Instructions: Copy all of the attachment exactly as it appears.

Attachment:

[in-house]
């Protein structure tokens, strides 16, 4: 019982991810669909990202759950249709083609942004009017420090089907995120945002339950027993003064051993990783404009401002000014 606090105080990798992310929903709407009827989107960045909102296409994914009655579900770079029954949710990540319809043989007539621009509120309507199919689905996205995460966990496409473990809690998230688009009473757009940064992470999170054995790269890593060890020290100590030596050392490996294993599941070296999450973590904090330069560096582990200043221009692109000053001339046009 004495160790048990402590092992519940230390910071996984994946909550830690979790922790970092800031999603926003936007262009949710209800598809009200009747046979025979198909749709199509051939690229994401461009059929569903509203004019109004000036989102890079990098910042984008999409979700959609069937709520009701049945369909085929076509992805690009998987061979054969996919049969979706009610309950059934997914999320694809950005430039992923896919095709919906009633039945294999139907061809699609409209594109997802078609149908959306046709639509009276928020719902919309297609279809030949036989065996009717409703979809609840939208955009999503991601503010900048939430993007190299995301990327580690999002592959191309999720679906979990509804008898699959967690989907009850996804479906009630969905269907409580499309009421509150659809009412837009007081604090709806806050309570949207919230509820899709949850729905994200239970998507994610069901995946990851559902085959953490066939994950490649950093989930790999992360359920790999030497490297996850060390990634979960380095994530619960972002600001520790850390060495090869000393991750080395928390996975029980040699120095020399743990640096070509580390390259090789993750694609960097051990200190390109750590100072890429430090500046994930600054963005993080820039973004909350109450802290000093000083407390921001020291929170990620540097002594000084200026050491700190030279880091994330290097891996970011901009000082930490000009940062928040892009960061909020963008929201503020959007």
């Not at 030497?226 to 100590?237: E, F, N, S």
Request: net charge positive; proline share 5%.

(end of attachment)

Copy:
[in-house]
């Protein structure tokens, strides 16, 4: 019982991810669909990202759950249709083609942004009017420090089907995120945002339950027993003064051993990783404009401002000014 606090105080990798992310929903709407009827989107960045909102296409994914009655579900770079029954949710990540319809043989007539621009509120309507199919689905996205995460966990496409473990809690998230688009009473757009940064992470999170054995790269890593060890020290100590030596050392490996294993599941070296999450973590904090330069560096582990200043221009692109000053001339046009 004495160790048990402590092992519940230390910071996984994946909550830690979790922790970092800031999603926003936007262009949710209800598809009200009747046979025979198909749709199509051939690229994401461009059929569903509203004019109004000036989102890079990098910042984008999409979700959609069937709520009701049945369909085929076509992805690009998987061979054969996919049969979706009610309950059934997914999320694809950005430039992923896919095709919906009633039945294999139907061809699609409209594109997802078609149908959306046709639509009276928020719902919309297609279809030949036989065996009717409703979809609840939208955009999503991601503010900048939430993007190299995301990327580690999002592959191309999720679906979990509804008898699959967690989907009850996804479906009630969905269907409580499309009421509150659809009412837009007081604090709806806050309570949207919230509820899709949850729905994200239970998507994610069901995946990851559902085959953490066939994950490649950093989930790999992360359920790999030497490297996850060390990634979960380095994530619960972002600001520790850390060495090869000393991750080395928390996975029980040699120095020399743990640096070509580390390259090789993750694609960097051990200190390109750590100072890429430090500046994930600054963005993080820039973004909350109450802290000093000083407390921001020291929170990620540097002594000084200026050491700190030279880091994330290097891996970011901009000082930490000009940062928040892009960061909020963008929201503020959007």
């Not at 030497?226 to 100590?237: E, F, N, S």
Request: net charge positive; proline share 5%.